Second Supervisor: Adrian Lahoud
Samaneh Moafi is an Iranian/Australian architect and researcher. She completed her MArch with honors in the University of Technology, Sydney (UTS). Moafi has worked with prestigious art and architecture practices in Australia. She has also taught at Universities such at UTS, the Architectural Association and the Bartlett School of Architecture, UCL.
The thesis investigates the project of Housing as a governance strategy and an instrument for initiating social, political and economic reforms in Iran.
How can the intimate space of domesticity structure a political consensus at the scale of a nation? In order to answer this question the thesis begins with an archeology of housing and domesticity in Iran. Most thoroughly it examines the Mehr program, a contemporary state-driven project that resisted the instabilities of the real-estate market in 2007 and proposed for the building of 4 million housing units. The Mehr program targeted the low income families who lived in urban centers and relocate them to new-built settlements where they were offered a share of justice: a house. Through this process, the most segregated class of the society were gradually unified in their dependency and gratitude to the government. The thesis will examine both the instrumentality of Mehr in establishing homogeneity as well as the economic processes that enabled the advent of the project in the first place.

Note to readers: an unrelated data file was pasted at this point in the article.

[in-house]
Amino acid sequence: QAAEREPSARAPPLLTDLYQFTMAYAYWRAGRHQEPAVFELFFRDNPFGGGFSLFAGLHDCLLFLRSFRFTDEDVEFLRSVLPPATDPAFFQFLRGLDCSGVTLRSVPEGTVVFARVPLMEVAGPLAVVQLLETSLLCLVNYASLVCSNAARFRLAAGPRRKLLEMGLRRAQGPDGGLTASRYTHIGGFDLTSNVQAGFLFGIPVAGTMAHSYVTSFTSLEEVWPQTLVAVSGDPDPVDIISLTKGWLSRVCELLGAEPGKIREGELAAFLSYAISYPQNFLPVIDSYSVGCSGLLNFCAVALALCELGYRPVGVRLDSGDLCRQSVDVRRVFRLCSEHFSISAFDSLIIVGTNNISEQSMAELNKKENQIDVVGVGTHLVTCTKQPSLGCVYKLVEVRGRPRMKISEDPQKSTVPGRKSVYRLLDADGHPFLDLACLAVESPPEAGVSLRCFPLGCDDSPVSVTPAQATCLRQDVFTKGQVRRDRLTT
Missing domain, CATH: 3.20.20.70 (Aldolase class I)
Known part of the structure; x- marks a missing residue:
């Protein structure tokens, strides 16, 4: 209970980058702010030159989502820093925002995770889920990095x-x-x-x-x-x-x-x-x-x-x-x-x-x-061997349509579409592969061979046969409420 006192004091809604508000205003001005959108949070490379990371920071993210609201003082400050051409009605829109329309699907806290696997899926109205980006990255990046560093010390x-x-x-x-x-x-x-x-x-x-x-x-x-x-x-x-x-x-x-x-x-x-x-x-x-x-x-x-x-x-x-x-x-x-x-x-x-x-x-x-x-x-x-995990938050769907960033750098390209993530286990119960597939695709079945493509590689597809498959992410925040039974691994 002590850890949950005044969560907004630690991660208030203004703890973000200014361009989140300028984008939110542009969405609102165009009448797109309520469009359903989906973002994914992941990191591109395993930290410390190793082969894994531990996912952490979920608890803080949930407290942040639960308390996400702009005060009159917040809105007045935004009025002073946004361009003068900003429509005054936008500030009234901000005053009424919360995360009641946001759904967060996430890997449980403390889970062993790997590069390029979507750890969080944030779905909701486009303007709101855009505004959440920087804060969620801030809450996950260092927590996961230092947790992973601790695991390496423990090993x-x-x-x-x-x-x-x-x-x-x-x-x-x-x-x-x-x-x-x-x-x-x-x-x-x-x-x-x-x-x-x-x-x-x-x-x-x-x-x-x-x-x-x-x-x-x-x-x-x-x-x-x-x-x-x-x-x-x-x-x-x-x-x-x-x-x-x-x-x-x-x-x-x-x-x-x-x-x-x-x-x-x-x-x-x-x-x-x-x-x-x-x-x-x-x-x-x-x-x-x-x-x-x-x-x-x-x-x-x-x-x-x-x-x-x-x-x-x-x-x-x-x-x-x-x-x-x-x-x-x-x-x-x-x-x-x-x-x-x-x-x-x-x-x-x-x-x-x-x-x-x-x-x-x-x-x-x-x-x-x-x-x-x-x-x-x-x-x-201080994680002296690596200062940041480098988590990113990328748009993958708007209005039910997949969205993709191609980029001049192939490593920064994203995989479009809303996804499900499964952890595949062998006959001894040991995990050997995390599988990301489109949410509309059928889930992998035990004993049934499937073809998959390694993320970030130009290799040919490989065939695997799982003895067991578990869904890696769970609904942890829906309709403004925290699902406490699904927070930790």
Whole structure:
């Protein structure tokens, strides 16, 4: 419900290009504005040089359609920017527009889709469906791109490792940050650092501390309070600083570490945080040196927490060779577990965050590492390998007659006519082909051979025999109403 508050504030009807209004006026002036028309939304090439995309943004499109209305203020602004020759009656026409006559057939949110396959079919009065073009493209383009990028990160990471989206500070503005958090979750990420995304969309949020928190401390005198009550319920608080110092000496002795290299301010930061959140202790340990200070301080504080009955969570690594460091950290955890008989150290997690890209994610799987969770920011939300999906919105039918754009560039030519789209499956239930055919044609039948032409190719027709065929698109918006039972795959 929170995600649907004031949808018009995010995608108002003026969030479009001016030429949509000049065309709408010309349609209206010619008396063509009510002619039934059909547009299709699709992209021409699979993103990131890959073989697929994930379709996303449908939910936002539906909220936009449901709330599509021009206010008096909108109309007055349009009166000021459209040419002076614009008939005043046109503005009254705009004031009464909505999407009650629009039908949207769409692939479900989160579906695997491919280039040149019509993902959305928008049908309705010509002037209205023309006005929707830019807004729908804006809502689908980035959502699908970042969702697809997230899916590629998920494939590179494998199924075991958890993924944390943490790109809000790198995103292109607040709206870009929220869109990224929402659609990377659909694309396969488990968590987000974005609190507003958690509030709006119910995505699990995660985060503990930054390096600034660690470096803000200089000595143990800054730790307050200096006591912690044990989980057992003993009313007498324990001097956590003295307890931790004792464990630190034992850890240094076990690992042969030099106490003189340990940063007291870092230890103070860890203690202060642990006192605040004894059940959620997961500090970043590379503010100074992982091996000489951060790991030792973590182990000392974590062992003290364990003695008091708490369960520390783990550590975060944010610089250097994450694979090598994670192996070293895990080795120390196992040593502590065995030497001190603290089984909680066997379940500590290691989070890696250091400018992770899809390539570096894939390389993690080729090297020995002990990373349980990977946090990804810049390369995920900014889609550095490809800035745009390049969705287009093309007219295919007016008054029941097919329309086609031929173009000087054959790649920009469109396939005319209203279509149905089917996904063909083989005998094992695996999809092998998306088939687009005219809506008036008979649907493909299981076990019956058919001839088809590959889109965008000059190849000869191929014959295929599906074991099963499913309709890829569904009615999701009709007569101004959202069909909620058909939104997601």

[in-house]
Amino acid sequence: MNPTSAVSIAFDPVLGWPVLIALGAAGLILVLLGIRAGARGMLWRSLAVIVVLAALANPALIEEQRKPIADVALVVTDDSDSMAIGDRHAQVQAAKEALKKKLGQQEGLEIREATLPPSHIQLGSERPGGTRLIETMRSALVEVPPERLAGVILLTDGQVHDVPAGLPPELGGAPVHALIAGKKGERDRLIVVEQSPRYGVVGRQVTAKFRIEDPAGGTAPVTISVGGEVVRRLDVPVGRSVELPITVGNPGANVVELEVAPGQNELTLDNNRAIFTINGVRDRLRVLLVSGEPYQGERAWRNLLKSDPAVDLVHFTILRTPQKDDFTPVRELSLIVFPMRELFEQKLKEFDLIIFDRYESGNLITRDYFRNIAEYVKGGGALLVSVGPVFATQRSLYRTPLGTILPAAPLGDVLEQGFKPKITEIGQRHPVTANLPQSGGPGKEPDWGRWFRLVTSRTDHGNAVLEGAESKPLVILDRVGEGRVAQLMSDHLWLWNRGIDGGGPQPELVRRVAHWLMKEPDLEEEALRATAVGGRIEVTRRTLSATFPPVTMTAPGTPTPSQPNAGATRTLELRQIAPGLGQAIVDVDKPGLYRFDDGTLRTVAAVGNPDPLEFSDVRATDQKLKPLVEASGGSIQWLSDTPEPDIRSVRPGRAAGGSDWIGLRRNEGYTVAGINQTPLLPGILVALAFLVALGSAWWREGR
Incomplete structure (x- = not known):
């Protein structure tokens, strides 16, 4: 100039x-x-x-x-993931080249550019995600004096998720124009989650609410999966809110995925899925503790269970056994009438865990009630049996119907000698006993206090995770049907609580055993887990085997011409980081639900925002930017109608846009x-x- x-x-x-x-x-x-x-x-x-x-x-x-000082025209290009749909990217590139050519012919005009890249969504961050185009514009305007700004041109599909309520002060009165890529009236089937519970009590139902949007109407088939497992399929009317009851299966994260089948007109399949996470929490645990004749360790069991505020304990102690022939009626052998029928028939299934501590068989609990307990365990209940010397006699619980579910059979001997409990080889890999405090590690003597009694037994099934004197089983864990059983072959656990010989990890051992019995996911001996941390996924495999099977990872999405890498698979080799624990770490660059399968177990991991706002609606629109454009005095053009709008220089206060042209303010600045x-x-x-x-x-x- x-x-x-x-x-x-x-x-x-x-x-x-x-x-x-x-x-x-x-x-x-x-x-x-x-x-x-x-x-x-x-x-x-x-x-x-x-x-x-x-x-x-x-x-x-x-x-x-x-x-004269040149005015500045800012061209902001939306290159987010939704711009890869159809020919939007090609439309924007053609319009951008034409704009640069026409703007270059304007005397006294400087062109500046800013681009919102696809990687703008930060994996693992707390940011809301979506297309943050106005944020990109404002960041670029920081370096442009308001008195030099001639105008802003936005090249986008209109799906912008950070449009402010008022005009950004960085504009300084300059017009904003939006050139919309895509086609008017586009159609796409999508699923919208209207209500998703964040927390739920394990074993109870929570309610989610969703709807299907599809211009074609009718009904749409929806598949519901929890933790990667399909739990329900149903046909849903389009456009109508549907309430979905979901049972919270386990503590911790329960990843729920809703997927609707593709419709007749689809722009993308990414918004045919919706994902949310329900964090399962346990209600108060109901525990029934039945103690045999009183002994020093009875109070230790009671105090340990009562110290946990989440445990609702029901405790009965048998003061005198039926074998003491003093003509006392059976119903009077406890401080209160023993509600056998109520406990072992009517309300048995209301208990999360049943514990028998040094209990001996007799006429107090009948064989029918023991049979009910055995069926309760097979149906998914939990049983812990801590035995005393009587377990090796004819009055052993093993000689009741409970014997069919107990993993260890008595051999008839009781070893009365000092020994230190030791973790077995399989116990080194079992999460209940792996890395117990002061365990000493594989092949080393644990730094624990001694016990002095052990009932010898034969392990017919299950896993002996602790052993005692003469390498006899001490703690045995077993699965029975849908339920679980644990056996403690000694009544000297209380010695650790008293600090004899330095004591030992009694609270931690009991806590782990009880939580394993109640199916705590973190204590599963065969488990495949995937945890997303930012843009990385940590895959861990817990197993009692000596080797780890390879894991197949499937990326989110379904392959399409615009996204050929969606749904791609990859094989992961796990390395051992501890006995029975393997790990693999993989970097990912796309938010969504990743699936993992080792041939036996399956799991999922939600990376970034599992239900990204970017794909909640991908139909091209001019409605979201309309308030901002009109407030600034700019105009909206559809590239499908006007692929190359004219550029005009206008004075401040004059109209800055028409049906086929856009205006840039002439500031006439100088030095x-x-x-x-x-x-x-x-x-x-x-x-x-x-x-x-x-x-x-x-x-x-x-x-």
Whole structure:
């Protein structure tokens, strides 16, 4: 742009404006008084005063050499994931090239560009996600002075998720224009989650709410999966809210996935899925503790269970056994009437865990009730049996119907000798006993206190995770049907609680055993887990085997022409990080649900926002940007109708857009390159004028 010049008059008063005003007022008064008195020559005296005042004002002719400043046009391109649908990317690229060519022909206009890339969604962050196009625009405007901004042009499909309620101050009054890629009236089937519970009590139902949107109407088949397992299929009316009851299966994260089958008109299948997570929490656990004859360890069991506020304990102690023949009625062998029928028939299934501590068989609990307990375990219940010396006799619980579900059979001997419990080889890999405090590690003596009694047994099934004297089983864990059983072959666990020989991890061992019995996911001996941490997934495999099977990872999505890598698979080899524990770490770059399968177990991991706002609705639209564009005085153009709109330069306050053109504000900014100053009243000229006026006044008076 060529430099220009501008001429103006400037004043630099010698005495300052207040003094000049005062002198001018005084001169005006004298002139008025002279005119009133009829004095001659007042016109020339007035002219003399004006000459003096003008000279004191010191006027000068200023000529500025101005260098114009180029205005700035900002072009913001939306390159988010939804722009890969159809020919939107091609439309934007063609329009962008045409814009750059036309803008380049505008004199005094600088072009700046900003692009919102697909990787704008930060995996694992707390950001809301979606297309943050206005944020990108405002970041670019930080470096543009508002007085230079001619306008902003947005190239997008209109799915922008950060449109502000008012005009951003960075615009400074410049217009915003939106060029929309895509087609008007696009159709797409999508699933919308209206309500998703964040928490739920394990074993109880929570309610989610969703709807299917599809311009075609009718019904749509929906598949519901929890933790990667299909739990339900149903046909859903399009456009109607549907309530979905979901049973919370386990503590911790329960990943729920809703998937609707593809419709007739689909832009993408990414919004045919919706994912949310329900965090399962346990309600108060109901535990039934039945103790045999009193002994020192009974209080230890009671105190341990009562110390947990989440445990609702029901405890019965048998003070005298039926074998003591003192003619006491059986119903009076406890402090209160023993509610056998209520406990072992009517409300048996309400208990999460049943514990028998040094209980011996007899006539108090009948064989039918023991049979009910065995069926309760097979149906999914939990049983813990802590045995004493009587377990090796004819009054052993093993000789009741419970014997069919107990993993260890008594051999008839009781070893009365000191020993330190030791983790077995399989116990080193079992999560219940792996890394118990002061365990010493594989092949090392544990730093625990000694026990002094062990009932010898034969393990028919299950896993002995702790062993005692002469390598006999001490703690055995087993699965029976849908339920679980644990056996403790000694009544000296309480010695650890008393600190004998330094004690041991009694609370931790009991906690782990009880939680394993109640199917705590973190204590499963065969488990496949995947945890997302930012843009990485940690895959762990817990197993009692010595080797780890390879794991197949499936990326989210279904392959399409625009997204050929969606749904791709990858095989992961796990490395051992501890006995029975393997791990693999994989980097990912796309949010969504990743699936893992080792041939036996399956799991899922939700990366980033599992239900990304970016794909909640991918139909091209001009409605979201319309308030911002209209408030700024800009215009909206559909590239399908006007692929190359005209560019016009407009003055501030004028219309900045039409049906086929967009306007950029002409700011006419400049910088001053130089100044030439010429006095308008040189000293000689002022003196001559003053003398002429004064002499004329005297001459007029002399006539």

The prospects of such project of housing in relation to shifting governmental conditions are at the moment unclear. With the 2013 elections in Iran and the shift in the regime’s agendas from socialism to neoliberalism, the political instrumentality of Mehr has become obsolete. Mehr settlements are scattered across the country and in the peripheries of large cities. Due to the dominant desert ecology of Iran most these areas are barren landscapes. The programmatically homogenous (residential) nature of these settlements and their separation from urban zones requires long hours of commute for the settlers on a daily base as well as regular infrastructural maintenance from the state. Despite such issues, an estimate of 8 million Iranians have been mobilized across the country via this program. It is to these masses, that the thesis attempts to take the uncertain future of Mehr settlements as the possibility for an architectural project.
The thesis proposes a reform from within the settlements through a set of architectural, urban and territorial interventions. The aim is to transform Mehr, a project that seeks uniformity and consensus into a new ground for nurturing conflicts and differences. In doing so, the thesis questions and challenges the relationship between governmental powers and the architecture of housing.